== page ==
Language and visitors

Stará Oleška from the hills above Huntírov © Ricky Yates

There are two questions I am regularly asked in comments on this blog, by email, or on Facebook. One is, ‘Are there many English-speakers where you’re now living?’ The other is, ‘Does the area get many visitors?’ This post is my attempt to answer both these questions.

Stará Oleška has had many visitors over the five months I’ve now lived here. This is because the village is home to three camping & caravan sites – Autokempink Ceská Brána, Autokemp Aljaška and Camp Pod lesem; and two pensions – Pension Vyhlídka and Penzion Rosalka. Many of those who come are Czech, from right across the country. But there are also many foreign visitors, most notably Germans, together with Dutch, Flemish-speaking Belgians and Danes.

Why do Germans visit? There are numerous reasons.

Proximity – In a straight line, Stará Oleška is little more than ten kilometres from the Czech-German border. However, you cannot drive or walk there in a straight line because of the hills and mountains in-between. Instead, it takes about half-an-hour to drive from the Schmilka-Hrensko border crossing that lies alongside the point where the Elbe becomes the Labe. And plenty of Germans from nearby Pirna, Dresden and Meissen do come, judging by the registration plates of vehicles passing through the village, along with those from major centres slightly further afield such as Leipzig and Chemnitz.

Price – Petrol, cigarettes, beer and eating out are all cheaper than in Germany. Some Germans cross the border just to fill up and buy supplies. But it does mean that a weekend, long weekend or week’s visit can be had at a considerable lower cost than if spent in Germany.

Heimat – A word that is almost impossible to fully translate into English! The usual translation is ‘homeland’, but it has a far deeper meaning. For many Germans, travelling to the Böhmische Schweiz/Bohemian Switzerland is revisiting the Heimat.

Therefore if local Czech people have a second language it is almost always German. Menus in Bar-Restaurants are in Czech and German. Staff working in these establishments have to have at least basic German as visiting Germans usually don’t speak a word of Czech, beyond knowing that ‘beer’, (or Bier 🙂 ), is ‘pivo‘.

With regard to language, most visiting Germans also have the annoying habit of greeting people on entering a restaurant, or meeting fellow walkers on waymarked footpaths, with either ‘Guten Tag‘ or ‘Hallo‘, with absolutely no recognition that they are no longer in Germany. I always reply very firmly with ‘Dobrý den‘, sometimes following it up with, ‘Wir sind in der Tschechischen Republik, nicht in Deutschland‘. The reactions are interesting 🙂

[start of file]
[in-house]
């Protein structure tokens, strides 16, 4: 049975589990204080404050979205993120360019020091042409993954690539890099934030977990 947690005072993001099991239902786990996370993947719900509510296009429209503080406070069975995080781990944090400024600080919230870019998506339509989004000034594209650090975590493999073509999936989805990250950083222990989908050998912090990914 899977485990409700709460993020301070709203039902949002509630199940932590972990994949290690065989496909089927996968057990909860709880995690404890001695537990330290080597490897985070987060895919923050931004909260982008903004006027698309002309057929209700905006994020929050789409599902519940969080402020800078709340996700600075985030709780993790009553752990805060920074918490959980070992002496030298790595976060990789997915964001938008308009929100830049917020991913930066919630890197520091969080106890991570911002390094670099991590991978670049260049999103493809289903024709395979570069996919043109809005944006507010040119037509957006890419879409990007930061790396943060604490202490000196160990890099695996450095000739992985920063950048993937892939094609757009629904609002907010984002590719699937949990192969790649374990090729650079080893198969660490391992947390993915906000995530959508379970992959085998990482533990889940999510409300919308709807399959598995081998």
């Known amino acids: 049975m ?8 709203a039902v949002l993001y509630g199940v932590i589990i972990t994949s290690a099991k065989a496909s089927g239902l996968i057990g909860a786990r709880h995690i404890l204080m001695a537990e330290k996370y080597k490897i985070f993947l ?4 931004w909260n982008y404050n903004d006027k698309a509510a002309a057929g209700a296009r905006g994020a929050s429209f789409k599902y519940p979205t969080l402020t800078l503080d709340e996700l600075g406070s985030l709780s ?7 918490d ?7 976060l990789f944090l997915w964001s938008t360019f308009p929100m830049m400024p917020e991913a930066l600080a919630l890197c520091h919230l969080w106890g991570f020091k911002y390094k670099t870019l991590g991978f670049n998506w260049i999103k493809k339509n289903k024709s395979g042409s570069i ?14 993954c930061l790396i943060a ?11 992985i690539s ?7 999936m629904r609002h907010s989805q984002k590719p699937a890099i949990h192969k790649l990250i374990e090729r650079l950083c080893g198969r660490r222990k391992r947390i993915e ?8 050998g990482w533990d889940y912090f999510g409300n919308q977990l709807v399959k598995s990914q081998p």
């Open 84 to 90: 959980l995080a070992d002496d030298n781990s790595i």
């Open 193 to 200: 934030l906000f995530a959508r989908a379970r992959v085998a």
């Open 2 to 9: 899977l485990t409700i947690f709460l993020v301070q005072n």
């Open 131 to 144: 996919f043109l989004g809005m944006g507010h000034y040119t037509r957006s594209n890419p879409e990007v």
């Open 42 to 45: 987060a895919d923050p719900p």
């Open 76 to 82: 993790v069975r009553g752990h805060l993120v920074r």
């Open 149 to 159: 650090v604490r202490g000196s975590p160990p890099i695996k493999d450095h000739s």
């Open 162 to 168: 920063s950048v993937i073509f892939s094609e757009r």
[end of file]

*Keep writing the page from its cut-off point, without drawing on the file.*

The other typical German assumption is not to bother to exchange currency, believing that they can always pay in Euro, rather than in Czech crowns. Most hotels, restaurants and many shops are happy for them to do so. But sometimes German laziness can be costly.

Bar-Restaurace U Soni was using an exchange rate of CZK 24.00 to EUR 1.00 over the summer. The current official exchange rate is around CZK 25.50 to EUR 1.00 so I think they were being perfectly fair as they will be charged by their Czech bankers, for banking foreign currency. I know, as each time the Frauenkirche in Dresden reimburse me for my travel expenses, I lose CZK 100 for the privilege of having Euro paid into my Czech bank account 🙁

Rip-off exchange rate 🙁

But when exploring this area a year ago, I had lunch in a bar-restaurant in nearby Ceská Kamenice. This is the scan of my bill. The Euro price at the bottom has been calculated at an exchange rate of CZK 20.00 to EUR 1.00. At that time, the correct exchange rate was nearly CZK 27.00 to EUR 1.00!

One final story about visiting Germans and currency. On Saturday 23rd September, I attended a most enjoyable classical concert in Kostel sv Václava, Srbská Kamenice. The entrance fee was a very modest CZK 100. The male half of an older German couple immediately in front of me at the Church door, produced a fifty Euro note from his wallet & expected change!!!!!!

What about visiting Dutch, Flemish-speaking Belgians and Danes? Why do they come?

My usual answer to this question is because they have no hills or mountains in their own countries 🙂 Actually, the Flemish-speaking Belgians do; but they would have to travel to Wallonia and speak French 🙁